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Jewish Education Problems Discussed at World Parley of Educators

August 3, 1964
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Jewish communal, religious and educational leaders attending a World Conference on Jewish Education, which opened here today, established at the opening session that a critical lack of qualified teachers is thwarting the advancement of Jewish education in communities outside Israel.

The need for an accelerated teacher recruitment and training program was stressed in an address by Professor Alexander M. Dushkin of the Hebrew University and in statements by education experts who are participating here in plans to initiate a World Council on Jewish Education to deal with major problems of Jewish education.

Dr. Joseph Lookstein, of New York, acting president of Bar-Ilan University in Ramat Gan, Israel, and coordinator for the presidium that is organizing the Council, said that a “minimum force” of 5,000 trained Jewish teachers is essential to fill present-day needs. This was also emphasized in a report on a survey of teacher training and recruitment throughout the world conducted by Prof. Dushkin.

In the United States alone, where the shortage of Jewish teachers is not as critical as in many other lands, Dr. Dushkin found that less than half of the estimated 1,200 teaching posts vacant each year are filled by trained personnel and many schools “are compelled to appoint as teachers anyone who knows a little Hebrew, however unqualified and incapable, frequently with disastrous effects on children.”


The survey disclosed that 8,500 teachers occupy 19,000 Jewish teaching posts in the United States, most of them doubling up at all-day and afternoon schools, and that the turnover among them is about 15 per cent a year.

To compensate for this loss, Dr. Dushkin reported, 11 Jewish teacher training institutes are graduating only about 150 students annually, not all of whom remain in the Jewish teaching profession. An additional 500 teachers are recruited each year from rabbinical seminaries, from among Israelis temporarily residing in the United States and from other sources.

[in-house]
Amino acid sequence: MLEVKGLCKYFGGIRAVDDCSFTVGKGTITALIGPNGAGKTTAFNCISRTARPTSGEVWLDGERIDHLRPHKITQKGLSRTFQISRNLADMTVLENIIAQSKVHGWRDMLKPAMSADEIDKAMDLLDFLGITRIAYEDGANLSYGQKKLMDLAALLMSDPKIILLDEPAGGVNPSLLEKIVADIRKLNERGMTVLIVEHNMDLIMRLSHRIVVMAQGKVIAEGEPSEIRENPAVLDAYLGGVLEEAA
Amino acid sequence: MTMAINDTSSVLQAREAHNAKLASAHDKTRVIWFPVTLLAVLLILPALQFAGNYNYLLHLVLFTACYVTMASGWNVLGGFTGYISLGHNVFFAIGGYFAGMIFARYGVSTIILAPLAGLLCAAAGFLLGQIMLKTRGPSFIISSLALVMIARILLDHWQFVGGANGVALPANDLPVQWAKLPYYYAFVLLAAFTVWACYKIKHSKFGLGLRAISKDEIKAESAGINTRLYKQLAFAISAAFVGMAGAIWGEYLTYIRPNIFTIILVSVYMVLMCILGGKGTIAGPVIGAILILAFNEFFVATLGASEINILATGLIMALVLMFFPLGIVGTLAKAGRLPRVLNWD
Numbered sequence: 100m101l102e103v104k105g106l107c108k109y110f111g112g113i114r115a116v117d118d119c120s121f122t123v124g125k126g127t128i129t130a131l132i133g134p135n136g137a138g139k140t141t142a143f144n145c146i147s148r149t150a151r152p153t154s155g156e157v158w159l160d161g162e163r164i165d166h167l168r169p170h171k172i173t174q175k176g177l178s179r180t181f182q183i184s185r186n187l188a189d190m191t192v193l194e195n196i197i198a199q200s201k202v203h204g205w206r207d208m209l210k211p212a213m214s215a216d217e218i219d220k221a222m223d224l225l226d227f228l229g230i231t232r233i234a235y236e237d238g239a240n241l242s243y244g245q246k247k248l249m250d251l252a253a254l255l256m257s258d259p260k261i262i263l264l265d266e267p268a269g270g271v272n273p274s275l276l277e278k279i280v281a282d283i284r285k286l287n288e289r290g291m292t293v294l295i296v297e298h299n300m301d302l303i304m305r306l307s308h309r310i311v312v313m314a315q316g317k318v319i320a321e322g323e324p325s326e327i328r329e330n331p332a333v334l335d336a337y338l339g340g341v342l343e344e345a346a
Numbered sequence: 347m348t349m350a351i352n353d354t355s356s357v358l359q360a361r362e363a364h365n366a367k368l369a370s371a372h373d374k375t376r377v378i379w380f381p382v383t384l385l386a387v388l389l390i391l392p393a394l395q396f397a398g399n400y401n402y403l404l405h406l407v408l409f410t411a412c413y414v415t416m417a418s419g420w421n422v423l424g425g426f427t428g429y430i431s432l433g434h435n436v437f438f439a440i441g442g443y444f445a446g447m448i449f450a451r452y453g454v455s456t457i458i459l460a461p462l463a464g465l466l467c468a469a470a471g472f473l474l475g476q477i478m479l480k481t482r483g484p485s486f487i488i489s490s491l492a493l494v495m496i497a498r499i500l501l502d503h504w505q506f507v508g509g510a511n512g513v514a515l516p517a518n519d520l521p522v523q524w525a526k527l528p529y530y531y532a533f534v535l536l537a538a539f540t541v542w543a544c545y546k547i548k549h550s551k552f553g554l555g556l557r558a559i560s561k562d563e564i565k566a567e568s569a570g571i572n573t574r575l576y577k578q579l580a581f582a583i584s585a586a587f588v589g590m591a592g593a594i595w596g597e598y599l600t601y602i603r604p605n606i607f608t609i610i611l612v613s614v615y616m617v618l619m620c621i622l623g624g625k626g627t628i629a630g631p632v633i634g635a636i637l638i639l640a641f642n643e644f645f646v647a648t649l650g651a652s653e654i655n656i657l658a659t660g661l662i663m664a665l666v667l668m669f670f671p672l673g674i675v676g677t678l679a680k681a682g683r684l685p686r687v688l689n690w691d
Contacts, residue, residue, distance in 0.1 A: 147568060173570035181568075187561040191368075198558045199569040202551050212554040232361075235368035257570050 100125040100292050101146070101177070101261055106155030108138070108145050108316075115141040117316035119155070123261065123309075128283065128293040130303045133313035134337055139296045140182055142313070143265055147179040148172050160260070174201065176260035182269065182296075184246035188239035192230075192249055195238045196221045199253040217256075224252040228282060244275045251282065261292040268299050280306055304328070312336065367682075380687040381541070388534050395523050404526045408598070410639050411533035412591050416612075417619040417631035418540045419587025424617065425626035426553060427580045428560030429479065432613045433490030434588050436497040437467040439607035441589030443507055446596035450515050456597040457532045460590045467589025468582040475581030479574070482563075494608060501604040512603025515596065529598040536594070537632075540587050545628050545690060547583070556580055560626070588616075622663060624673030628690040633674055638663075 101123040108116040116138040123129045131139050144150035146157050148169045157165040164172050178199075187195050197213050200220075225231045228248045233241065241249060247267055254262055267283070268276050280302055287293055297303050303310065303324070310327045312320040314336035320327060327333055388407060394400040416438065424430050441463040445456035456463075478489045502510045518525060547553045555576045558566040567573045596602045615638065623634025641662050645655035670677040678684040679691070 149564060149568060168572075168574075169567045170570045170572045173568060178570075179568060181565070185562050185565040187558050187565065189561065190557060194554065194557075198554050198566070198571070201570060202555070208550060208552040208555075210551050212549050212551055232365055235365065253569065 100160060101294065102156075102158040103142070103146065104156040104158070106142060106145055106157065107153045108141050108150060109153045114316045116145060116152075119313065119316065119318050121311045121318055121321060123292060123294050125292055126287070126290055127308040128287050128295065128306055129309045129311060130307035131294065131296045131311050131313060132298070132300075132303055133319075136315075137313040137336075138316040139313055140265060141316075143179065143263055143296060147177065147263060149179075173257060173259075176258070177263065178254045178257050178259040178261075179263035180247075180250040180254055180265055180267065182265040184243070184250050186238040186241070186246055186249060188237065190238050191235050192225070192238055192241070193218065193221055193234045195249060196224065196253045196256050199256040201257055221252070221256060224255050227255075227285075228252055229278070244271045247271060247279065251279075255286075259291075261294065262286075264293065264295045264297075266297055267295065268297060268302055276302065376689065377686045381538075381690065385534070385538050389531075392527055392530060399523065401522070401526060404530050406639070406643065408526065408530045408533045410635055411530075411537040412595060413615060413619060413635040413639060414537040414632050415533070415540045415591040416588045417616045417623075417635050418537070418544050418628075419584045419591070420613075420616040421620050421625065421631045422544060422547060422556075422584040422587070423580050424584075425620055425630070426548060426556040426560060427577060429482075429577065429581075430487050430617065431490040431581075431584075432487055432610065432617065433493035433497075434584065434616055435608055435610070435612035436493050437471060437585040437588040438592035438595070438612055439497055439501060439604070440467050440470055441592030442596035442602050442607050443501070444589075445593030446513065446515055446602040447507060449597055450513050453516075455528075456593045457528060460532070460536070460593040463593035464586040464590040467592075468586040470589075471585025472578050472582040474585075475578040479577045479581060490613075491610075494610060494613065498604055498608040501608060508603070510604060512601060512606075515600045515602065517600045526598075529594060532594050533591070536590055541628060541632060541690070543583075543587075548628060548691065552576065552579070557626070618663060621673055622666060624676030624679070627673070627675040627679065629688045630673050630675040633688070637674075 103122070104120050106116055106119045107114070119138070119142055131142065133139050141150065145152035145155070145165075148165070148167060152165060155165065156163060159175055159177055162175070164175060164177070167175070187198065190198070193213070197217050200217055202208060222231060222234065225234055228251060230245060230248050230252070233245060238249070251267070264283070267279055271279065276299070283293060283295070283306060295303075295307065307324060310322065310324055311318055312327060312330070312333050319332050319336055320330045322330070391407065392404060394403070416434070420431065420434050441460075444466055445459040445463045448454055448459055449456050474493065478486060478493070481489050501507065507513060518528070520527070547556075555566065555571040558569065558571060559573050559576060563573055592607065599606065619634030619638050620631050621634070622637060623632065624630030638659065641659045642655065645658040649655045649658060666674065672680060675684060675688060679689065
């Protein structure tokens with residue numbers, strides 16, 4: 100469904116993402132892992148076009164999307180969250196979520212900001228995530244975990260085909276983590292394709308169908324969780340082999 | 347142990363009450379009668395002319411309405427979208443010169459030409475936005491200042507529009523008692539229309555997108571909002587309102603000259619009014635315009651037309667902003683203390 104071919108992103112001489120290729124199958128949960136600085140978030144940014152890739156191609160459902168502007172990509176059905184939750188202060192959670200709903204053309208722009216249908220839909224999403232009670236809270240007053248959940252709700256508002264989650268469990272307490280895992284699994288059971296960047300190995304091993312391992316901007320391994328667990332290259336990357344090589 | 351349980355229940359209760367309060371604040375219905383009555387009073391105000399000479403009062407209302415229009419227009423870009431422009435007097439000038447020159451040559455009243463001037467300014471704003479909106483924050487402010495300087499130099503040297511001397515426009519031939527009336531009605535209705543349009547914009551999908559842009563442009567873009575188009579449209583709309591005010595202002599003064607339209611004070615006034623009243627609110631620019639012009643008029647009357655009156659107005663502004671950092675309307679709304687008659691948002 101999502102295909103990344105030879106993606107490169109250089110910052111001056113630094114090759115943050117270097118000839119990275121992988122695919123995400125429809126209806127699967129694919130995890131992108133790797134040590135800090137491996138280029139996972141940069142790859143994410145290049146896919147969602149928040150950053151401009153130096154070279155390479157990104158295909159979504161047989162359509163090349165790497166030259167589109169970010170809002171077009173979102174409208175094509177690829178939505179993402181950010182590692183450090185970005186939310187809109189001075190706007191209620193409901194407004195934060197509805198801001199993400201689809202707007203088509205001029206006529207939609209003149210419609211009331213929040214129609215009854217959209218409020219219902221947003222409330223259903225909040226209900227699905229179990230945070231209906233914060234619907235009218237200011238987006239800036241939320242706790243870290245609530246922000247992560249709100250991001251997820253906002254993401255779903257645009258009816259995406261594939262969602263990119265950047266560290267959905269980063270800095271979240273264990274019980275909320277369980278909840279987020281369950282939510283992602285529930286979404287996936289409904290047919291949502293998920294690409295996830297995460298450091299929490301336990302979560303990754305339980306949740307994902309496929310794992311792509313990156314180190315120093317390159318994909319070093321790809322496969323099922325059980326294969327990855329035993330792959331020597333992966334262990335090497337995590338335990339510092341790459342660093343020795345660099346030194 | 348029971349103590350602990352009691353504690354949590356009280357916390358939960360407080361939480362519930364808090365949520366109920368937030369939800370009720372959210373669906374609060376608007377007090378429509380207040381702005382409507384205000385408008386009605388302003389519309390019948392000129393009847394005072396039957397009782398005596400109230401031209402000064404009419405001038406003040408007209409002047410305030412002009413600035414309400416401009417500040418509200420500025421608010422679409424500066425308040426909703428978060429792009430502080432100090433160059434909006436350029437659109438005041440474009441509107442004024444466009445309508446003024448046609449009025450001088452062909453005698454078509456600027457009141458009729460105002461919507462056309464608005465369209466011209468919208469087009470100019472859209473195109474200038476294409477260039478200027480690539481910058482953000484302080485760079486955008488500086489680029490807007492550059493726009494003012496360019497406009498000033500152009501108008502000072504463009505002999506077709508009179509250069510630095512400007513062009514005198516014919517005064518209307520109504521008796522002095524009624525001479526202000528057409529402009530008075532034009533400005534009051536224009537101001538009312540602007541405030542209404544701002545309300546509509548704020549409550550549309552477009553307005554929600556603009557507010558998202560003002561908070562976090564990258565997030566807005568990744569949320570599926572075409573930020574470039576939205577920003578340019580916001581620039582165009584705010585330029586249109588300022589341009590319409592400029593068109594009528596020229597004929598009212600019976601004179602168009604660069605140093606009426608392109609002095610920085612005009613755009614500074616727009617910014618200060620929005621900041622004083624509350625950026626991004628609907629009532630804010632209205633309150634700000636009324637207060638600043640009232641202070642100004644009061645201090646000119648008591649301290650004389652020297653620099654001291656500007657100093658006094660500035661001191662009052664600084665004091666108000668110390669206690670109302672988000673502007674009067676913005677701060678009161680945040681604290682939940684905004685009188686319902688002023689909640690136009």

“The teacher shortage is even more acute in continental Europe where less than 25 per cent of the children attend Jewish schools,” Dr. Dushkin said. He found an “urgent need” for more schools and classes in France where the Jewish population has jumped substantially in recent years as a result of Jewish emigration from North Africa.

The yearly attrition is about one-fifth of the 1,800 teachers in continental Europe and Great Britain, while teacher training schools are turning out only about 30 qualified graduates a year, Dr. Dushkin noted. He described the teacher shortage as the “central problem of Jewish education today” and stressed the need to raise the status of the profession to a level equivalent with other teaching groups.

Dr. Nahum Goldmann, president of the World Jewish Congress, in the opening address at the assembly, attributed to Jewish education “the Jewish role in continuity and survival.” “Neither the impact of anti-Semitism nor the stress on Jewish philanthropy, important as they are, have the primacy of Jewish education in determining the future of Jewish life,” he declared.

The delegates opened the debate this afternoon with a plan for the structure of the World Council on Jewish Education. Discussion focused largely on a proposed site for the council’s headquarters.

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